MakerBot Print is our newest print-prepration software, which supports native CAD files and STL assemblies,
allows you to interact with all your printers via the Cloud, and many other exciting new features.

Download Now

What CAD software do you guys use?

Please Login to Comment

Hey guys, I am Eric Adams, the programmer and a driver for team #8417, the 'Lectric Legends. We just ordered a Robo 3D R1 and I am wondering what CAD software would be good to start out with. I have lots of free time and will be keeping the printer at my house(sweet, right?) to monitor it while it prints, so access to the printer and time are not problems. We got a sponsorship from PTC for using CREO this past year, but I am looking for an option so I can quickly come up with parts to 3D print. I would like any and all recommendations and specifically the pros and cons.

And, if any teams need a 3D printer, check out this link on facebook, https://www.facebook.com/groups/491979440815095/1229317193747979/?comment_id=1236357466377285&notif_t=like&notif_id=1462581194434760
This is why we are getting this one.

Update: For functional parts I can CAD in sketchup, and I have a 3D printer in my house, so it works out pretty nice. Then our robot as a whole is cadded in PTC Creo.

Comments deleted.

We recently started using Ansys SpaceClaim. It's very intuitive but is just as capable/powerful as SolidWorks, the other CAD program we use. We reached out to Ansys and they gave us several free licenses. My response is a bit late but I hope this helps!

--Brian (FTC Team 5485)

AutoDesk Inventor All the way! Free for students!

We use Fusion 360 and highly recommend it.

Team 8956 Pyrogen: Autodesk Inventor 2014

Thank you all for the advice. I downloaded 123D Design and it works pretty well, and might be what I will use. I have used Tinkercad before, and while it is great, it doesn't give me the freedom I want with my designs. I have not tried Blender yet, but I will soon. Creo, in my opinion is a good software to learn.....but I don't feel like it was designed to 3D print things, and is meant to CAD the mechanical(drive train, attachments) side of things, rather than just one specific part.

Also, has anyone had trouble with MatterControl? I couldn't find out why our printer wasn't extruding until I switched to CURA.

Thanks again,
Eric-Team 8417

Team 5484 the Enderbots uses several different modeling programs. To make quick, down and dirty prototypes (or to just check that your printer is working fine, I suggest TinkerCad. It's free, easy to use and includes online storage. PTC creo is great if you want to see how the part fits with the KOP for the season, but it takes time to learn.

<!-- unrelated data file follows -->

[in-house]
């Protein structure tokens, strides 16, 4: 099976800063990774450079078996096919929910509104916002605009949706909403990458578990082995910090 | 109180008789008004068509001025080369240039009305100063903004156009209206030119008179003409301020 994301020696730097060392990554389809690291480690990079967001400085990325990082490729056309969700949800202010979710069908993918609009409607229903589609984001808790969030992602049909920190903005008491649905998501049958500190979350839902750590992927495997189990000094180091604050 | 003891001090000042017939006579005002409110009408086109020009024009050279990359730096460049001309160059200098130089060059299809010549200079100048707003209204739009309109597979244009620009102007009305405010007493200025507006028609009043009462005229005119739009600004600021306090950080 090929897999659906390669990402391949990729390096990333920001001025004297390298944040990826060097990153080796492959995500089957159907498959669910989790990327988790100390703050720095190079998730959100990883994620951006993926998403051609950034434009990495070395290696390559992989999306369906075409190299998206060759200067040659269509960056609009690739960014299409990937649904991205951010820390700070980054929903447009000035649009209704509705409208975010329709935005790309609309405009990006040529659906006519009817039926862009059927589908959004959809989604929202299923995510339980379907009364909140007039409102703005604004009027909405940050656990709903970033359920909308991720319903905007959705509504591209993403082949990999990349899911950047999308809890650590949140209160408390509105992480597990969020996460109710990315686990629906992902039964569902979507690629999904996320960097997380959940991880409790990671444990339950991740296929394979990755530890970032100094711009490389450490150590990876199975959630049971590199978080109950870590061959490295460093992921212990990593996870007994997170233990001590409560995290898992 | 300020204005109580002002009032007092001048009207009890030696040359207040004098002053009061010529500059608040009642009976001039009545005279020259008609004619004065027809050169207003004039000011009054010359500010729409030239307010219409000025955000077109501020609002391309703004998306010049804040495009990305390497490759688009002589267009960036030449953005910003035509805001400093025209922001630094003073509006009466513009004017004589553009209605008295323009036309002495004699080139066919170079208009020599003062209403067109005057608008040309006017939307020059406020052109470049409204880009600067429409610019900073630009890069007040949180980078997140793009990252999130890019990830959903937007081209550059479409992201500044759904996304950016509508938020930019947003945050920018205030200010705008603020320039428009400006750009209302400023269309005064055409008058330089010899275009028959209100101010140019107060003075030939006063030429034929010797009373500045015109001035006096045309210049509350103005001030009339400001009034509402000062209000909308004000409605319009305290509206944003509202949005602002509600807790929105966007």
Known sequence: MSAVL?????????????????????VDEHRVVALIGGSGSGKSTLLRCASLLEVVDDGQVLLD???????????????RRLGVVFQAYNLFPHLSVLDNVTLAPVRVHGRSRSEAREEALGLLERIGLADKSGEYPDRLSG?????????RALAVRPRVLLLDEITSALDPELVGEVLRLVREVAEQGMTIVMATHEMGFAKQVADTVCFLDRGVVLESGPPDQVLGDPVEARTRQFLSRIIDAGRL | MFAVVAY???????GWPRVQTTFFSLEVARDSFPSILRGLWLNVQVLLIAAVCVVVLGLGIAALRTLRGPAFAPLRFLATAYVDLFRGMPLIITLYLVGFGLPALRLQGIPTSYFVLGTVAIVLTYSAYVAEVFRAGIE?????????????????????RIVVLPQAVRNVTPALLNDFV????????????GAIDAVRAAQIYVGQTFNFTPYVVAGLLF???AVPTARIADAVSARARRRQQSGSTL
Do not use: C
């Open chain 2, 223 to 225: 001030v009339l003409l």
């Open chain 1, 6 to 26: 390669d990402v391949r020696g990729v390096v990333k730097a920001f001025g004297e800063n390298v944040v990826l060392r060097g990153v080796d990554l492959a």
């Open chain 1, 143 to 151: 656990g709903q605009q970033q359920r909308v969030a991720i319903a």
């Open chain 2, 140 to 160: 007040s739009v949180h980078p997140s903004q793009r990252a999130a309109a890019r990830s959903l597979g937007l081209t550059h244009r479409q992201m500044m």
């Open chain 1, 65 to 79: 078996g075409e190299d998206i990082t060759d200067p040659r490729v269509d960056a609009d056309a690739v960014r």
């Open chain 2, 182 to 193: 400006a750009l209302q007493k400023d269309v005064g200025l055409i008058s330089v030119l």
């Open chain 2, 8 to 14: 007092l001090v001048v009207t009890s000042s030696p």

You are wise to keep the printer at home. Most robot parts take hours to print, and until you learn all the tricks, often fail. (i'm speaking from experience here....lots of experience) We have a Makerbot replicator 2X (great) and a cube ecocycle(not so great). Both took a while to get used to.

Team 3558 is using autodesk inventor. we also are printing on a uprint printer for all our parts. I also agree with team 6695 Kmcglothen

Team 9856 uses PTC.

AutoDesk has Inventor & AutoCAD available for students as a free download (http://www.autodesk.com/education/free-software/all). This can have a steep learning curve, but there are some great tutorials online if you have time to play. AutoDesk also has an easy 3D modeling online program called TinkerCAD (https://www.tinkercad.com/) that will get you printing pretty quickly. Both platforms use the same login and you need a school associated email to get the free programs.

One of the nice things about Inventor is that you can convert files to .dwg and then edit them in AutoCAD. Our team has done this to edit both Tetrix & Actobotics parts to create custom solutions that bolt right onto our robot's frame. You can also import files into TinkerCAD to add them to the working model or use as a template (again, used for bolt patterns).

Another option is Blender, which is also free but more of a cartoon/animation program that creates 3D models. MeshMixer is also a fun program. Both of these are less functional for robots and more creative for art.

Have fun,

FrostBots #6695 (Alaska)

I think AutoCad is the best software, I used it and still untill now you can modelling 3D easly